The pilgrims are in harmony with the people around them wearing simple white garments without special signs, ornaments, or patterns. One becomes all, and all become one. The path is shared, the enemy is common, and the destiny is one. The pilgrims form a human shield as they circle around Ka’aba. “Tawaf” or compassing around ka’aba aims at the mutual recognition among the diverse cultural experiences for the life of the people to be perfected. Speaking about diversity should not include the differences between the rich and the poor. Do not acknowledge or legitimize poverty. Standing at equal footing in prayer, and looking the same in Hajj should be continuous reminders to minimize the gap between those who have and those who do not, and not to accept the status quo. “In order that it (money or wealth) may not merely circulate between the wealthy among you.” [59:7]

The egalitarian view of Islam is best manifested when Quran asks all the pilgrims to come down from Arafa along one undivided pathway contrary to the pre-Islamic practice of separating the elite from the people or masses. “Then pass on at a quick pace from the place whence it is usual for the multitude so to do.” [2:199]

  1. Hard work:

Reaching the summit of Arafa is not without struggle. Actually, standing in Arafa is preceded by sa’y سَعْي.

“Sa’y” is the daily struggle, searching like Hagar, for water and life. This spiral movement is a hegira as the name of Hagar indicates- a hegira from the state of being to the state of becoming, a hegira from clay towards Allah, a hegira that enabled the early emigrants of a qualitative return to Mecca for Hajj. Hajj, as a “state” is itself a hegira that starts from every deep and distant mountain highway” [22:27]aiming at the summit of Arafa.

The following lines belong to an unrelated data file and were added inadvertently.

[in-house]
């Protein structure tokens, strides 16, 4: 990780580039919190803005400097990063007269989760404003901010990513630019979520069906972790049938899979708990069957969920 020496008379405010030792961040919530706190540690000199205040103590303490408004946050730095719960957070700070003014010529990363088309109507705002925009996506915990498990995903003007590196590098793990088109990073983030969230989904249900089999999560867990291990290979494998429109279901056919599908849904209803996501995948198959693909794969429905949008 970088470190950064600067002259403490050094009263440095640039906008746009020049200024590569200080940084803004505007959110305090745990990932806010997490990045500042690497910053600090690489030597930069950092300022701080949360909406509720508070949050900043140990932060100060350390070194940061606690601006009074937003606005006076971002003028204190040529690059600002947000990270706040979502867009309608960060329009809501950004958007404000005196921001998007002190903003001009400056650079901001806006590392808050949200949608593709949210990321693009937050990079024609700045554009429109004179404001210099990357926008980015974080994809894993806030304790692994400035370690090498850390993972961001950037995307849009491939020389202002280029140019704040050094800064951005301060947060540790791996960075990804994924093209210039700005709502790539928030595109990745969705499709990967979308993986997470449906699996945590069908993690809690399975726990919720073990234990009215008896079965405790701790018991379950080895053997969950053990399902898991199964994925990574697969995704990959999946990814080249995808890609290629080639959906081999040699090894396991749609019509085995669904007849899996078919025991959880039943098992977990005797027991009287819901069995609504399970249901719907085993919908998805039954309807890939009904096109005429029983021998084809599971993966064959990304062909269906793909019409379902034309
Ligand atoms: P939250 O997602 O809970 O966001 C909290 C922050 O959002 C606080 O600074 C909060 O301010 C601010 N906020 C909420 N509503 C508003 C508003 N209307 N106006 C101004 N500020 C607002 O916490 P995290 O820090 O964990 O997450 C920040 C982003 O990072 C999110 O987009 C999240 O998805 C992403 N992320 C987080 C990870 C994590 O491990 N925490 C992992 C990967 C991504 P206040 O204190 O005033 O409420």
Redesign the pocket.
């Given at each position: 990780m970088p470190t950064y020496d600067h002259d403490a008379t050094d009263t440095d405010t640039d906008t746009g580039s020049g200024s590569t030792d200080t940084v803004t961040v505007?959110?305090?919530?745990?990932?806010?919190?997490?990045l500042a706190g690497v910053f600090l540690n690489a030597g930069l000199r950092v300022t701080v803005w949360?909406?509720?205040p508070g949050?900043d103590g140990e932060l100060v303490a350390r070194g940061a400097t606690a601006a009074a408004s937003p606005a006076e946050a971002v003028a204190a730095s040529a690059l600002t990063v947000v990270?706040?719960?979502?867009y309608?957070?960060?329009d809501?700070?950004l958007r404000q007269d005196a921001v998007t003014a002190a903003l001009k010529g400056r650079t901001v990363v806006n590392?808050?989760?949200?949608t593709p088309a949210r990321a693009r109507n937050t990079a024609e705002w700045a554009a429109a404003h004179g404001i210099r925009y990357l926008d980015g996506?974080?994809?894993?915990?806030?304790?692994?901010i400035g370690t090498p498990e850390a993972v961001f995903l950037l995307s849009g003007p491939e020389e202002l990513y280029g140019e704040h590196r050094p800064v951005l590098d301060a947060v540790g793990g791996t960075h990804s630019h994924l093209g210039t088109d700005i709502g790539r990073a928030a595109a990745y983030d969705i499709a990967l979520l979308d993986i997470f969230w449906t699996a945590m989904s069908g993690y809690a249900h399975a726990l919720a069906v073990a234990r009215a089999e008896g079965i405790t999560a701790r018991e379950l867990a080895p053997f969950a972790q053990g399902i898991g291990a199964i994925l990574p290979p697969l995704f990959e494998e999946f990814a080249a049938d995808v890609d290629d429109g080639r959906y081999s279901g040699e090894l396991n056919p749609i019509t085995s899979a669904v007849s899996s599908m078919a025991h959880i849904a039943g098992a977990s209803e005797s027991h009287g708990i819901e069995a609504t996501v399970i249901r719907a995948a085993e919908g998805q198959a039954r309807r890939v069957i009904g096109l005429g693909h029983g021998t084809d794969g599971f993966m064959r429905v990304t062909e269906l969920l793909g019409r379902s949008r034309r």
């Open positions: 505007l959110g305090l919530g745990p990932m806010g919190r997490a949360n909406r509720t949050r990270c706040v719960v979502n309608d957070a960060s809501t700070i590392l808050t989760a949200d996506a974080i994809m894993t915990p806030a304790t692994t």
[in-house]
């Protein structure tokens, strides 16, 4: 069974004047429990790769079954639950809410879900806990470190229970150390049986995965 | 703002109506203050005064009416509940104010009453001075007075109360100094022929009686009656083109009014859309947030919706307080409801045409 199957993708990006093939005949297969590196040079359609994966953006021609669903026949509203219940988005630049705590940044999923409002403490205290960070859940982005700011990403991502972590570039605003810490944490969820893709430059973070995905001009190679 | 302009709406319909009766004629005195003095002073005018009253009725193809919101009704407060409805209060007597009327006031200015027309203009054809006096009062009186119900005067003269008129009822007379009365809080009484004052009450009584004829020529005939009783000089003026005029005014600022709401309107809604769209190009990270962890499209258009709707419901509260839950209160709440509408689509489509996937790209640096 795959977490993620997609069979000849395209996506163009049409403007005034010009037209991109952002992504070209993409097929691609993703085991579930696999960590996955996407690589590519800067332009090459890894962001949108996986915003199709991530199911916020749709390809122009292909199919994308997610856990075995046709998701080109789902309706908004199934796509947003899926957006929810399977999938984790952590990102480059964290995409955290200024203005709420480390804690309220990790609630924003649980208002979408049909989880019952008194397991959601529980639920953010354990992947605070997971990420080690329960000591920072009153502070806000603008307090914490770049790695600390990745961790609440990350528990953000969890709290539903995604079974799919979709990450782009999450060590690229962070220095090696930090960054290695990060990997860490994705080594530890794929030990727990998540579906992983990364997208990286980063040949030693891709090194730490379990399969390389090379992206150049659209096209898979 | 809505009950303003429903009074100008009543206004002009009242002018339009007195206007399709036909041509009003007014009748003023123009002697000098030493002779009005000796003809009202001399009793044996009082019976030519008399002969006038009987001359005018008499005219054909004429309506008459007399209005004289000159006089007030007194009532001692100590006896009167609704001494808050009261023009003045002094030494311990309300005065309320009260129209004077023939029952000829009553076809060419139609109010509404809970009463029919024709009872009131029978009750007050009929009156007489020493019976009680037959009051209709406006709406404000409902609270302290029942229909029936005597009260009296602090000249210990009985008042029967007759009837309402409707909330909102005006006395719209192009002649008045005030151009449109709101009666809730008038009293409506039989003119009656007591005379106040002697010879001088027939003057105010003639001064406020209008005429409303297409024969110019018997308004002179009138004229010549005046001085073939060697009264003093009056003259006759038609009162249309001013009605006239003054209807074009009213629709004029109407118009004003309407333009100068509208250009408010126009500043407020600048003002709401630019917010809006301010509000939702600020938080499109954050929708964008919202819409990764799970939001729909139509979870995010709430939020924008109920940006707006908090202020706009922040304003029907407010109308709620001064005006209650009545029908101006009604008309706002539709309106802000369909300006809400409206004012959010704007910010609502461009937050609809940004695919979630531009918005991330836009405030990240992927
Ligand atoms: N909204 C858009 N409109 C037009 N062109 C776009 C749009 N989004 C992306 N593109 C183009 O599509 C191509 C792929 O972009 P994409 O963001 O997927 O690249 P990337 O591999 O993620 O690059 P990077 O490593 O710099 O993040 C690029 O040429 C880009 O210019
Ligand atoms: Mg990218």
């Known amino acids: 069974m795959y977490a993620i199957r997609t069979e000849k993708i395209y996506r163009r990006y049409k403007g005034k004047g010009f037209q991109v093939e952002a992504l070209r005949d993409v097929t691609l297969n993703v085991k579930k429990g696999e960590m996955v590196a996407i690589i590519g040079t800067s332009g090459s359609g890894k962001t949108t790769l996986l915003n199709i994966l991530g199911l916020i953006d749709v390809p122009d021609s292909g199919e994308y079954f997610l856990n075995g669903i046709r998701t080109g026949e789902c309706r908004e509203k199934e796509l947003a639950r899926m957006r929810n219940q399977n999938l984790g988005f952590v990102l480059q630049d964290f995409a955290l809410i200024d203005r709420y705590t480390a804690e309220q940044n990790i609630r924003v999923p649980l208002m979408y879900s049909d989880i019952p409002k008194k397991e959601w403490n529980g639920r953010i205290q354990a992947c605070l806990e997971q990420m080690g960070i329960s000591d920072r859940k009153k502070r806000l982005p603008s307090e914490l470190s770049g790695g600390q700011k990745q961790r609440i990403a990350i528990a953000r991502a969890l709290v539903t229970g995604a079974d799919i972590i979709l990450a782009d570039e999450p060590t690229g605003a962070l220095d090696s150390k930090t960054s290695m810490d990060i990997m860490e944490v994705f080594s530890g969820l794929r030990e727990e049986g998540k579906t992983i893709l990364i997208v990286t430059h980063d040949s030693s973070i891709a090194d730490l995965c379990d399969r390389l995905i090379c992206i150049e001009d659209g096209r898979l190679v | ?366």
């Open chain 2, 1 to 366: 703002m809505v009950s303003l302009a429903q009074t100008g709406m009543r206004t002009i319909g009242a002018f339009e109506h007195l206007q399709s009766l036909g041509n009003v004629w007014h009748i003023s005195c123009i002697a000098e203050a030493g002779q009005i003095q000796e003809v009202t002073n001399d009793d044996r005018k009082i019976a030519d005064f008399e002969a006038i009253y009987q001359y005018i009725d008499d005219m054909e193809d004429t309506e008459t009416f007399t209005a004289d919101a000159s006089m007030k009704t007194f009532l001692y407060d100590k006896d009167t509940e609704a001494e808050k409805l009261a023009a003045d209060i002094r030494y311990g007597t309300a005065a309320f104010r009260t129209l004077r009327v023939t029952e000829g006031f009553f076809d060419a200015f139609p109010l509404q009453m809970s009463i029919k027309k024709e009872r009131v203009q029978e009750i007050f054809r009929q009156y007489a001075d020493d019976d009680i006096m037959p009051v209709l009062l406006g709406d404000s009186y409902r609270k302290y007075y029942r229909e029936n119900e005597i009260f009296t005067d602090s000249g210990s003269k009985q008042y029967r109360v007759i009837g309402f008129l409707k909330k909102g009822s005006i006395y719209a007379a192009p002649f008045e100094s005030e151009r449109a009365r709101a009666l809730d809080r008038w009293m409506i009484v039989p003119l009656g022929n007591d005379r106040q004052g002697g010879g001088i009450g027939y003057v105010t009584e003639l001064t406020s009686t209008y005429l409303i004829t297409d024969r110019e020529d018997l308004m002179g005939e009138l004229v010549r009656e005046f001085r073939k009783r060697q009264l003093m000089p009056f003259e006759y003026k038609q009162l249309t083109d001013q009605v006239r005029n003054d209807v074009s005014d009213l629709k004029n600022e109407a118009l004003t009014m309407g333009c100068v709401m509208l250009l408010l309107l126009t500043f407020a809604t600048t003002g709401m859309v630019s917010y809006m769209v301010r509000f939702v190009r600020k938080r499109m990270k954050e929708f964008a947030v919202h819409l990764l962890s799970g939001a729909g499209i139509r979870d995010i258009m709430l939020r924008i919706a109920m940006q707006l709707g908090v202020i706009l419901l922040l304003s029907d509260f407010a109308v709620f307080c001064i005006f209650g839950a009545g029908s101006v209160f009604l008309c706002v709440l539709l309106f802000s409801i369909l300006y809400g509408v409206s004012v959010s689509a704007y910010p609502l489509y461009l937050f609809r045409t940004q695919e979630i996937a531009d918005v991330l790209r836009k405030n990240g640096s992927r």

Deep in place, but also deep in history where you connect with the struggle of Prophets and reformers over 3500 years; and deep in spirituality and the degree of preparedness for that journey. Good health and safe routes and rides are obvious; but sincere willingness, the psychological readiness, and “taqwa” تَقْوى- the inner desire to avoid obscenity, wickedness, and wrangling are the real provisions to realize the state of Hajj and its summit in Arafa. “And take a provision for the journey, but the best of provisions is taqwa.” [2:197]

“Sa’y” produced Mecca the way we know it today. In a valley without cultivation, the symbol of extreme hardship and absence of life, we find a young woman breast-feeding her infant, the symbol of extreme human weakness. Hagar and Ishmael are teaching us an important lesson: Do not despair, and do not give up hard work. For Allah has installed in you the potentials to overcome your weaknesses. You have no excuse to quit, retire, or give up no matter how old or weak you are or how difficult is the situation and hostile is the surrounding environment.

Abraham was an elderly man when he was blessed with the birth of Ishmael and Isaac, and when he built ka’aba with Ishmael. Abraham is telling us: do not stop working and do not stop learning.

The objective of Al-Hajj is to produce new human beings with better qualities and practices by realizing the high values in their daily struggle.

The words of the thirteenth century celebrated poet, Jalaluddin Rumi, describe that journey very well. He said:

The House of Allah is beautiful, you have described it completely

Now show us a sign of the Lord of the House

You say you have visited the garden, where are your roses?

You are coming out of the sea, you say, where is the pearl of your soul?

By Dr. Walid Khayr